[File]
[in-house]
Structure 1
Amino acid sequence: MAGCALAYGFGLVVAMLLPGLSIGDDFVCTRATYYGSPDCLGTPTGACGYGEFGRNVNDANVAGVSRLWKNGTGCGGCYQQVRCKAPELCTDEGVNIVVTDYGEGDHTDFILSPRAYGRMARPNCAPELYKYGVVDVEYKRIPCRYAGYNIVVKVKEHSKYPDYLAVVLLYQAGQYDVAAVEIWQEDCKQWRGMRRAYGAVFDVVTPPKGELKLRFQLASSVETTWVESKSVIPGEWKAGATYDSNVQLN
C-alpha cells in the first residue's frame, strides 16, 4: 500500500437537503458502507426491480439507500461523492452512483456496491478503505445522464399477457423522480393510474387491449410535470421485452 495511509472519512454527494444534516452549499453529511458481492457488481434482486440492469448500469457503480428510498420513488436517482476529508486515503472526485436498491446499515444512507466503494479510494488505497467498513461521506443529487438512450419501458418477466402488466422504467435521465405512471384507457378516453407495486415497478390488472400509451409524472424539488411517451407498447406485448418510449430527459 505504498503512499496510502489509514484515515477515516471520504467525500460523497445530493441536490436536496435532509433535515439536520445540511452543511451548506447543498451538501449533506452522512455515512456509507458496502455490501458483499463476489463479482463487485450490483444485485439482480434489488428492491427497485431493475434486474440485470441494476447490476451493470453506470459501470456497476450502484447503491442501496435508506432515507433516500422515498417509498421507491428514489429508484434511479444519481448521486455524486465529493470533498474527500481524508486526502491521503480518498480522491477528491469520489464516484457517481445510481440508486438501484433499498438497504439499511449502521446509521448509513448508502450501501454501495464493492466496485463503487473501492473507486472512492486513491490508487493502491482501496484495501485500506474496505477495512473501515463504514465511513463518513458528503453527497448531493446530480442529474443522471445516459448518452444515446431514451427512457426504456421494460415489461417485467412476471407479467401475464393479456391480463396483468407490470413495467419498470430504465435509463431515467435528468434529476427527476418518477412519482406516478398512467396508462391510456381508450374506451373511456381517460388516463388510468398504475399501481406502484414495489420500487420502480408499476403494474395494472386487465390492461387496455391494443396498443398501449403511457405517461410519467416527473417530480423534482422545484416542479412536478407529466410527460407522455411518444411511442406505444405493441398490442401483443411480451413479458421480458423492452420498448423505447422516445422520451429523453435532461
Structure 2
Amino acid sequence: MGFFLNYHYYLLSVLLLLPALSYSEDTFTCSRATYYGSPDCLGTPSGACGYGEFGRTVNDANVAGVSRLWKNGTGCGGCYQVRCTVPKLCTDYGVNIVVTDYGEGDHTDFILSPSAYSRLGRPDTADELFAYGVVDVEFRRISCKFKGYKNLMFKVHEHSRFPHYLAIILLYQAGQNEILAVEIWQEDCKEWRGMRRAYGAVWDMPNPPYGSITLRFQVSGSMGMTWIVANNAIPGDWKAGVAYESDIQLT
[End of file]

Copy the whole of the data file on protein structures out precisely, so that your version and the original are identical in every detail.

[in-house]
Structure 1
Amino acid sequence: MAGCALAYGFGLVVAMLLPGLSIGDDFVCTRATYYGSPDCLGTPTGACGYGEFGRNVNDANVAGVSRLWKNGTGCGGCYQQVRCKAPELCTDEGVNIVVTDYGEGDHTDFILSPRAYGRMARPNCAPELYKYGVVDVEYKRIPCRYAGYNIVVKVKEHSKYPDYLAVVLLYQAGQYDVAAVEIWQEDCKQWRGMRRAYGAVFDVVTPPKGELKLRFQLASSVETTWVESKSVIPGEWKAGATYDSNVQLN
C-alpha cells in the first residue's frame, strides 16, 4: 500500500437537503458502507426491480439507500461523492452512483456496491478503505445522464399477457423522480393510474387491449410535470421485452 495511509472519512454527494444534516452549499453529511458481492457488481434482486440492469448500469457503480428510498420513488436517482476529508486515503472526485436498491446499515444512507466503494479510494488505497467498513461521506443529487438512450419501458418477466402488466422504467435521465405512471384507457378516453407495486415497478390488472400509451409524472424539488411517451407498447406485448418510449430527459 505504498503512499496510502489509514484515515477515516471520504467525500460523497445530493441536490436536496435532509433535515439536520445540511452543511451548506447543498451538501449533506452522512455515512456509507458496502455490501458483499463476489463479482463487485450490483444485485439482480434489488428492491427497485431493475434486474440485470441494476447490476451493470453506470459501470456497476450502484447503491442501496435508506432515507433516500422515498417509498421507491428514489429508484434511479444519481448521486455524486465529493470533498474527500481524508486526502491521503480518498480522491477528491469520489464516484457517481445510481440508486438501484433499498438497504439499511449502521446509521448509513448508502450501501454501495464493492466496485463503487473501492473507486472512492486513491490508487493502491482501496484495501485500506474496505477495512473501515463504514465511513463518513458528503453527497448531493446530480442529474443522471445516459448518452444515446431514451427512457426504456421494460415489461417485467412476471407479467401475464393479456391480463396483468407490470413495467419498470430504465435509463431515467435528468434529476427527476418518477412519482406516478398512467396508462391510456381508450374506451373511456381517460388516463388510468398504475399501481406502484414495489420500487420502480408499476403494474395494472386487465390492461387496455391494443396498443398501449403511457405517461410519467416527473417530480423534482422545484416542479412536478407529466410527460407522455411518444411511442406505444405493441398490442401483443411480451413479458421480458423492452420498448423505447422516445422520451429523453435532461
Structure 2
Amino acid sequence: MGFFLNYHYYLLSVLLLLPALSYSEDTFTCSRATYYGSPDCLGTPSGACGYGEFGRTVNDANVAGVSRLWKNGTGCGGCYQVRCTVPKLCTDYGVNIVVTDYGEGDHTDFILSPSAYSRLGRPDTADELFAYGVVDVEFRRISCKFKGYKNLMFKVHEHSRFPHYLAIILLYQAGQNEILAVEIWQEDCKEWRGMRRAYGAVWDMPNPPYGSITLRFQVSGSMGMTWIVANNAIPGDWKAGVAYESDIQLT